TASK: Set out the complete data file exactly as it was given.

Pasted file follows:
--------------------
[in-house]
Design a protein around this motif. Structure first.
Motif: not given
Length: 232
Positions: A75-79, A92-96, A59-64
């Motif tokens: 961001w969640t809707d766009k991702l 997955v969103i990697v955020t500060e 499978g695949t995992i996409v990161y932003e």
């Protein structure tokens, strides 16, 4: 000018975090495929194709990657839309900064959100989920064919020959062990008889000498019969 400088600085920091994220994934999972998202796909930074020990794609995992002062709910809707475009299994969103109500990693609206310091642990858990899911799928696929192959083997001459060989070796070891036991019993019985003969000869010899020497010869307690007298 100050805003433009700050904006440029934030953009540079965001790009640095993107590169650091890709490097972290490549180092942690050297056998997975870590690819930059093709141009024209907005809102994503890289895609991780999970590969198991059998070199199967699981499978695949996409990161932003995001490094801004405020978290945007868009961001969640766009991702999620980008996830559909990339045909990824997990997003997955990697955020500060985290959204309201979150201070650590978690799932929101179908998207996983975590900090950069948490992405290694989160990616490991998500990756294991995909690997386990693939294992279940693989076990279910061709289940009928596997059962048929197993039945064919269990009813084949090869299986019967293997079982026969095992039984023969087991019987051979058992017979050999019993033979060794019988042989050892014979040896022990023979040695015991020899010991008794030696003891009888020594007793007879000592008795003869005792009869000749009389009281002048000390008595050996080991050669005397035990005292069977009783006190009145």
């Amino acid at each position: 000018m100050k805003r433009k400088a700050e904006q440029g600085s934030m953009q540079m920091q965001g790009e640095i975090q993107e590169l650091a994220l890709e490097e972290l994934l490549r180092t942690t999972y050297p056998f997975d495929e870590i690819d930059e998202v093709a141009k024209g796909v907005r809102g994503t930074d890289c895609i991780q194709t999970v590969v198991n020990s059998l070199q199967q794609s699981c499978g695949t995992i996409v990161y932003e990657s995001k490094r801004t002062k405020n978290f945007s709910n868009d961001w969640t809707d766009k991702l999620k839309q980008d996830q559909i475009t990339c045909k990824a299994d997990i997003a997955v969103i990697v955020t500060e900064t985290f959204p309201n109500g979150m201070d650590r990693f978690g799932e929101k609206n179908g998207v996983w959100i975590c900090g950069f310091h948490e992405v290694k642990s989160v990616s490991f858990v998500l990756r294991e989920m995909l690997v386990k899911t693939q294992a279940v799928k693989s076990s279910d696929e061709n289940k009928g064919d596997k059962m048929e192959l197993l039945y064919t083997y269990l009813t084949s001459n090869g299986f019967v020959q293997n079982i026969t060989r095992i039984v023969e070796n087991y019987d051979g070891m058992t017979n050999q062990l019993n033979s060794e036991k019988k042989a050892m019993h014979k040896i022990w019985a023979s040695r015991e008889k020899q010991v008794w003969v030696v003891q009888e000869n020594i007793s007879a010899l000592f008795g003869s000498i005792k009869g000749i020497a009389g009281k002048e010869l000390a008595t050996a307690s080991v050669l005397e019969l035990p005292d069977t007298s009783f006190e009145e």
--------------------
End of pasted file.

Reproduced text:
[in-house]
Design a protein around this motif. Structure first.
Motif: not given
Length: 232
Positions: A75-79, A92-96, A59-64
């Motif tokens: 961001w969640t809707d766009k991702l 997955v969103i990697v955020t500060e 499978g695949t995992i996409v990161y932003e």
């Protein structure tokens, strides 16, 4: 000018975090495929194709990657839309900064959100989920064919020959062990008889000498019969 400088600085920091994220994934999972998202796909930074020990794609995992002062709910809707475009299994969103109500990693609206310091642990858990899911799928696929192959083997001459060989070796070891036991019993019985003969000869010899020497010869307690007298 100050805003433009700050904006440029934030953009540079965001790009640095993107590169650091890709490097972290490549180092942690050297056998997975870590690819930059093709141009024209907005809102994503890289895609991780999970590969198991059998070199199967699981499978695949996409990161932003995001490094801004405020978290945007868009961001969640766009991702999620980008996830559909990339045909990824997990997003997955990697955020500060985290959204309201979150201070650590978690799932929101179908998207996983975590900090950069948490992405290694989160990616490991998500990756294991995909690997386990693939294992279940693989076990279910061709289940009928596997059962048929197993039945064919269990009813084949090869299986019967293997079982026969095992039984023969087991019987051979058992017979050999019993033979060794019988042989050892014979040896022990023979040695015991020899010991008794030696003891009888020594007793007879000592008795003869005792009869000749009389009281002048000390008595050996080991050669005397035990005292069977009783006190009145």
């Amino acid at each position: 000018m100050k805003r433009k400088a700050e904006q440029g600085s934030m953009q540079m920091q965001g790009e640095i975090q993107e590169l650091a994220l890709e490097e972290l994934l490549r180092t942690t999972y050297p056998f997975d495929e870590i690819d930059e998202v093709a141009k024209g796909v907005r809102g994503t930074d890289c895609i991780q194709t999970v590969v198991n020990s059998l070199q199967q794609s699981c499978g695949t995992i996409v990161y932003e990657s995001k490094r801004t002062k405020n978290f945007s709910n868009d961001w969640t809707d766009k991702l999620k839309q980008d996830q559909i475009t990339c045909k990824a299994d997990i997003a997955v969103i990697v955020t500060e900064t985290f959204p309201n109500g979150m201070d650590r990693f978690g799932e929101k609206n179908g998207v996983w959100i975590c900090g950069f310091h948490e992405v290694k642990s989160v990616s490991f858990v998500l990756r294991e989920m995909l690997v386990k899911t693939q294992a279940v799928k693989s076990s279910d696929e061709n289940k009928g064919d596997k059962m048929e192959l197993l039945y064919t083997y269990l009813t084949s001459n090869g299986f019967v020959q293997n079982i026969t060989r095992i039984v023969e070796n087991y019987d051979g070891m058992t017979n050999q062990l019993n033979s060794e036991k019988k042989a050892m019993h014979k040896i022990w019985a023979s040695r015991e008889k020899q010991v008794w003969v030696v003891q009888e000869n020594i007793s007879a010899l000592f008795g003869s000498i005792k009869g000749i020497a009389g009281k002048e010869l000390a008595t050996a307690s080991v050669l005397e019969l035990p005292d069977t007298s009783f006190e009145e």